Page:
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Hong Kong – Charity Law Reform: What Do The Proposed Changes Mean For You?

3 March, 2014

 

Legal News & Analysis – Asia Pacific – Hong Kong – Regulatory & Compliance

 

On 6 December 2013, the Law Reform Commission published a report on charities following a six-year review of charity law in Hong Kong.

 

In recent years there has been widespread concern over a lack of oversight of the 7,500 tax-exempt charitable organisations currently operating in Hong Kong (there are thought to be many more who have not registered for tax exempt status). There is no single piece of legislation in Hong Kong governing charitable organisations and the current law has been criticised for being inconsistent, archaic and unclear. The Law Reform Commission has therefore proposed 18 reforms which push for greater accountability and transparency to build public trust and confidence through proportionate regulation.

 

In this bulletin, we summarise the key proposals from the Law Reform Commission’s report and highlight a number of steps which Hong Kong charities would have to take to prepare for the implementation of these reforms.

 

Summary Of Key Proposals

 

Registration System

 

Hong Kong currently lacks a formal register of charities. Although the Inland Revenue Department (the main government body regulating charities in Hong Kong) maintains the largest list of charities, this only includes those organisations which have been successfully granted tax exemption under section 88 of the Inland Revenue Ordinance.

 

One of the key recommendations of the Law Reform Commission is therefore the creation of a centralised database and the introduction of a registration requirement for all organisations that:

 

  • have been granted tax exemption; and/or
  • make charitable appeals.

 

Existing charities which are currently exempt from tax under section 88 of the Inland Revenue Ordinance will be ‘grandparented’ into the registration system should the new regime be put in place.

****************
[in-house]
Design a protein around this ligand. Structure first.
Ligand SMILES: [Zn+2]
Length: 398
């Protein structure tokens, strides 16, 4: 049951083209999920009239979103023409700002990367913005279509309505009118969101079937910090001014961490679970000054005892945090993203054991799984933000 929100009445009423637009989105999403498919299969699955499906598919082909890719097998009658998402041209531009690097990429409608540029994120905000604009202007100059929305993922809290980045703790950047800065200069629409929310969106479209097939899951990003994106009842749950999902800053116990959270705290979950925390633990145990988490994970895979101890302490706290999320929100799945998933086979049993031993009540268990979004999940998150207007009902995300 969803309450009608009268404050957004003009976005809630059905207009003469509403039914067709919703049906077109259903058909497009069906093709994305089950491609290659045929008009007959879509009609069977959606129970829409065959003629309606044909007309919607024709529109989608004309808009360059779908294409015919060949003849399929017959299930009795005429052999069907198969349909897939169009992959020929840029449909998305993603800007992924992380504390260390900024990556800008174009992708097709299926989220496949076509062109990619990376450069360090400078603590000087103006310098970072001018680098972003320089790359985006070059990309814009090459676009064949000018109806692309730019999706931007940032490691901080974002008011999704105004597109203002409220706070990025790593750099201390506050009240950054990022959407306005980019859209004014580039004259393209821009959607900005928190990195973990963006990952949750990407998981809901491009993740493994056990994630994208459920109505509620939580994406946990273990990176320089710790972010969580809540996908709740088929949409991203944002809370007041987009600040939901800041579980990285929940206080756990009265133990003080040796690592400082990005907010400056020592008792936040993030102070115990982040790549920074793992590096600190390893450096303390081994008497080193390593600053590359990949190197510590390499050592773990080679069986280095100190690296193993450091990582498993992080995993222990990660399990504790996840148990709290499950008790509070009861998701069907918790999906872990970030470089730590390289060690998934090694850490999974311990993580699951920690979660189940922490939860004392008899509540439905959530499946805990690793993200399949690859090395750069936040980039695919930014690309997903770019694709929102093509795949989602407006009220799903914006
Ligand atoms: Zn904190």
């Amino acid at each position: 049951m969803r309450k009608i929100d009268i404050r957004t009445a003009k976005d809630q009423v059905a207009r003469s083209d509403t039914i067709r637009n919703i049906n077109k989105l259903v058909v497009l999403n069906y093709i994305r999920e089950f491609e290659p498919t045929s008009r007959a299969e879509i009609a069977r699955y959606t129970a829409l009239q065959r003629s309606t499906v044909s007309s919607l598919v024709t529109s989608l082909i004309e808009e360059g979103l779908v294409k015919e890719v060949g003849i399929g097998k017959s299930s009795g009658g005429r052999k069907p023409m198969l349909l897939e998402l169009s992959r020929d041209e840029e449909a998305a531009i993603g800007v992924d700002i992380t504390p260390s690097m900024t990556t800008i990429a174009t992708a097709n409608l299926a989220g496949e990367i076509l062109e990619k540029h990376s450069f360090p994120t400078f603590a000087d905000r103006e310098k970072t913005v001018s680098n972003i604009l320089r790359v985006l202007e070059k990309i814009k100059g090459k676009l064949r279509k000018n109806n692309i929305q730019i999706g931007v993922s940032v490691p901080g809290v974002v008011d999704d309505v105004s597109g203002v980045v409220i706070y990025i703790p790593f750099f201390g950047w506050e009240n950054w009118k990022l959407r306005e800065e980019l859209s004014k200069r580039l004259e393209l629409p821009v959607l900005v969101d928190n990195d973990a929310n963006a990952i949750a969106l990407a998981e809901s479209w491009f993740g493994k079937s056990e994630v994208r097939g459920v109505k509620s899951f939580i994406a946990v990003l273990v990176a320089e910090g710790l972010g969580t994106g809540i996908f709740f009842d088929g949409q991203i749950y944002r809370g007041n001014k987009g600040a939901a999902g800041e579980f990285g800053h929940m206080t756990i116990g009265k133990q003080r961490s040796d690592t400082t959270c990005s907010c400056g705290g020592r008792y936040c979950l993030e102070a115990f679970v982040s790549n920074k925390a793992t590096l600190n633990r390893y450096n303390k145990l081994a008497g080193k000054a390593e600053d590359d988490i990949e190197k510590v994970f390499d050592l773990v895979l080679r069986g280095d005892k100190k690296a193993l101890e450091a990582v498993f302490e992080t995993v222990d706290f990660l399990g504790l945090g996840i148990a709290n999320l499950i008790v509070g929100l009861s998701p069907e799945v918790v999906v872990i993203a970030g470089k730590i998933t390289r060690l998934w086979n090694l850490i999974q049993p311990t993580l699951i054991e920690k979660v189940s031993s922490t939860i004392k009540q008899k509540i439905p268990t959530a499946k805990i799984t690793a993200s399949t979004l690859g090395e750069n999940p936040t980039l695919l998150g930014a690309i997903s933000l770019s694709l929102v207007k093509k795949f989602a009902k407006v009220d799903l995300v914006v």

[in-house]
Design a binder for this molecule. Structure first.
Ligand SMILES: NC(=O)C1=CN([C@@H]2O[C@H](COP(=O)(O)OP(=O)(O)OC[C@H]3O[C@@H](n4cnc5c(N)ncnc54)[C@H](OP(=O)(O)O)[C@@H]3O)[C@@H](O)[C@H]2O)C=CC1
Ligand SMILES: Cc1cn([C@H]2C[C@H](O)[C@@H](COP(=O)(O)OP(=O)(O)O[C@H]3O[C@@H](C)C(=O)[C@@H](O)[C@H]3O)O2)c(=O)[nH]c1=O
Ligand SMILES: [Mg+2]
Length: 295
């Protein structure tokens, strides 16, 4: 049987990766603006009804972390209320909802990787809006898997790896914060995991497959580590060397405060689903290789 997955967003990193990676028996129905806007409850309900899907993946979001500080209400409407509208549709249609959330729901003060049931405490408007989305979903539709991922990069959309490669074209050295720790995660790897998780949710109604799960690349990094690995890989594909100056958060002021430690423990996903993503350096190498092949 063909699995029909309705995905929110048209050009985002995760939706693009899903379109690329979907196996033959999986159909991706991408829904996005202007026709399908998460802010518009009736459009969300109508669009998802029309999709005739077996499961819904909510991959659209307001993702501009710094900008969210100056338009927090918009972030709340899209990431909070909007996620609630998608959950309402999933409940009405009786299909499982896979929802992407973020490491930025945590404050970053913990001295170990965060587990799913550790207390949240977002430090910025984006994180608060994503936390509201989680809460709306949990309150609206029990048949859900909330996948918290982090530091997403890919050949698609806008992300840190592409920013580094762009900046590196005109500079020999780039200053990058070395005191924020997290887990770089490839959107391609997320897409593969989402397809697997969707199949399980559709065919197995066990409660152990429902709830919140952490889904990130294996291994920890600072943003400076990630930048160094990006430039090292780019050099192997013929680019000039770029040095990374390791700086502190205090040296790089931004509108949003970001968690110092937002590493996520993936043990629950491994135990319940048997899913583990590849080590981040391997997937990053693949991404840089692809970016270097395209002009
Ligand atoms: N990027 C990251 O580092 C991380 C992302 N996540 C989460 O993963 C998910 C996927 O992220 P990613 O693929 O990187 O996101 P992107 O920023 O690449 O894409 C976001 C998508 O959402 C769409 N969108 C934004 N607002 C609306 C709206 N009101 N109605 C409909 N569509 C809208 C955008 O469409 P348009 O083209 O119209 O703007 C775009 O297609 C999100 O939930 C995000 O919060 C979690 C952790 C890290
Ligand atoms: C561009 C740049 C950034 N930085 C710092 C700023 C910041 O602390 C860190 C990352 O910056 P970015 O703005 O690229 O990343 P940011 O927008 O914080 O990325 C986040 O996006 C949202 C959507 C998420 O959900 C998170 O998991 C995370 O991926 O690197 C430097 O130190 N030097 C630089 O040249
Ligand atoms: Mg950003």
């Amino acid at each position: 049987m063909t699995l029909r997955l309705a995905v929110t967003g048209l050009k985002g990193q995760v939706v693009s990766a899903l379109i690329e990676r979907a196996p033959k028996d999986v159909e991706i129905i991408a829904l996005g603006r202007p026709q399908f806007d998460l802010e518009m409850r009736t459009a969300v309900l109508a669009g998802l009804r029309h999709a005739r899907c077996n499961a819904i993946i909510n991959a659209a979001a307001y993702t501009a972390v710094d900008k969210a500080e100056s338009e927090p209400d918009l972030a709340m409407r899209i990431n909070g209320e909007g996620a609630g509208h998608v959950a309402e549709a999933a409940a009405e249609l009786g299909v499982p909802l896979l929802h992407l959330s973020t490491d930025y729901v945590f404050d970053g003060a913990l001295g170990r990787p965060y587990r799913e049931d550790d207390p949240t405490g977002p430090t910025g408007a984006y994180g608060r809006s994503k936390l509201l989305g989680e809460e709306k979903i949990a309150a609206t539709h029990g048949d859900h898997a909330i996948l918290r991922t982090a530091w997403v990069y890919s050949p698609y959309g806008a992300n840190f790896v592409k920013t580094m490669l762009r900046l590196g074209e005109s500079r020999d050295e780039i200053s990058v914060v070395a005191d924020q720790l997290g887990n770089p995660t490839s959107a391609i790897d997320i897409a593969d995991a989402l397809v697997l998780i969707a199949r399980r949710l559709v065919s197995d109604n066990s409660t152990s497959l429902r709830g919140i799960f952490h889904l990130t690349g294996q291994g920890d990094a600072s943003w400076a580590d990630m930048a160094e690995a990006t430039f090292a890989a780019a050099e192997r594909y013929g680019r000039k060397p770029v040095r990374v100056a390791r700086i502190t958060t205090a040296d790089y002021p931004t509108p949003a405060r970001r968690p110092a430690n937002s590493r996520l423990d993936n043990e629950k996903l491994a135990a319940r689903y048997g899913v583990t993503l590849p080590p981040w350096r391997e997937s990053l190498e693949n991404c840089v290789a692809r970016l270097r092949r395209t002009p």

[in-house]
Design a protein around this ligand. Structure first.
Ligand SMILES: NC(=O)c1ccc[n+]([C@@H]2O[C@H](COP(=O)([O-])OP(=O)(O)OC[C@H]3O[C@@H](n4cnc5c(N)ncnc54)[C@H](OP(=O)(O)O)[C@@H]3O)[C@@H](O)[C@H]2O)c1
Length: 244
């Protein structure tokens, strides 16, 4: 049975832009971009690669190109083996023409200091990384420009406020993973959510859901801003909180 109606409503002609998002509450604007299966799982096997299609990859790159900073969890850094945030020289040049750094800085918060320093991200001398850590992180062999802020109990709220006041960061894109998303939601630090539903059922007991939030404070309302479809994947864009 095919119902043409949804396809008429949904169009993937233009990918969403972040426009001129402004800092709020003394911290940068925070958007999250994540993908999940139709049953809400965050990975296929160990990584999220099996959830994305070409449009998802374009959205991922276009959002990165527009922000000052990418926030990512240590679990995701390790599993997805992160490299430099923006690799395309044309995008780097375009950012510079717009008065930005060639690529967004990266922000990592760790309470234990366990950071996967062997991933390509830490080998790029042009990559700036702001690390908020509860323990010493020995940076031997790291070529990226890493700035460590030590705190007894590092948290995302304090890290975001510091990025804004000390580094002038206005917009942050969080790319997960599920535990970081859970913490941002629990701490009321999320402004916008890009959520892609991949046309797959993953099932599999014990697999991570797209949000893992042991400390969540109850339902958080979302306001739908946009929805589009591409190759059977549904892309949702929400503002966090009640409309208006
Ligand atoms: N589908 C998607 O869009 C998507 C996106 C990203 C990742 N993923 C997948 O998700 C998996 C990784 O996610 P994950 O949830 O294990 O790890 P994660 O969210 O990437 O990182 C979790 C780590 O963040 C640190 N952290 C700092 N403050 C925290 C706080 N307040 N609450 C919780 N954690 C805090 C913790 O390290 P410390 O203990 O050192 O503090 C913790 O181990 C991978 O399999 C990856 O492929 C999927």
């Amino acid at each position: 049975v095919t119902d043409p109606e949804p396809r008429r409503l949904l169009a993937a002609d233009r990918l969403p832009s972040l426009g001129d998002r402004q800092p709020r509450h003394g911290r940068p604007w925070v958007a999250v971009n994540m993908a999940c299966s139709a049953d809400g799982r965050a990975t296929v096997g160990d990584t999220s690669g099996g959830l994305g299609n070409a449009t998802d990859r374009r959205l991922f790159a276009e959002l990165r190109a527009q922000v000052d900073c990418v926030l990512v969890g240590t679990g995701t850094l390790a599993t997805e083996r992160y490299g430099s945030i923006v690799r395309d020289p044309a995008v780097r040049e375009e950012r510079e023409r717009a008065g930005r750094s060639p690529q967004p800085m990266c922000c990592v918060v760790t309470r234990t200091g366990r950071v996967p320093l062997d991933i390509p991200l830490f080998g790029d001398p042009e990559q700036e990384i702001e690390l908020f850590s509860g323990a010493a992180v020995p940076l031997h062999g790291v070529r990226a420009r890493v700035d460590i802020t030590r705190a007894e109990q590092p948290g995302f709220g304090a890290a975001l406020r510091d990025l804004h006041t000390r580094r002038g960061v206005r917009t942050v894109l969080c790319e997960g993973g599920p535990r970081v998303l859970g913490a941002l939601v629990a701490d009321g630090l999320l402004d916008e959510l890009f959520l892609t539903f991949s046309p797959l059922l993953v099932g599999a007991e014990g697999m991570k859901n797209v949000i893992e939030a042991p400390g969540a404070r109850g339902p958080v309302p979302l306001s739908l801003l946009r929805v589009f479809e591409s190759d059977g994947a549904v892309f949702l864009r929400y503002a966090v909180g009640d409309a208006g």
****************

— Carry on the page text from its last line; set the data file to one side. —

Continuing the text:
Statutory Definition Of ‘Charitable Purpose’ And Legal Structure

 

A further important recommendation of the Law Reform Commission is that there should be a clear statutory definition of what constitutes a charitable purpose. To retain a measure of flexibility in interpretation, it proposes that a two-limb test be adopted, so that an organisation must have a purpose which:

 

  • is ‘for the public benefit’; and
  • falls within a specific list of charitable purposes.

 

Existing charities which are currently exempt from tax under section 88 of the Inland Revenue Ordinance will, again, be ‘grandparented’ into the new regime so that they will continue to be considered a charitable organisation.

 

In terms of the legal structure of charities, the Law Reform Commission has decided to maintain the current system of allowing a variety of legal forms, including an incorporated company, unincorporated company, trust, or statutory body.

 

Governance, Accounting And Reporting

 

The following measures have been proposed to improve governance of, accounting and reporting by charities:

 

  • the adoption of a specifically formulated financial reporting standard;
  • the imposition of varying filing requirements by Government departments on charitable organisations in their applications for charitable fundraising licences and permits;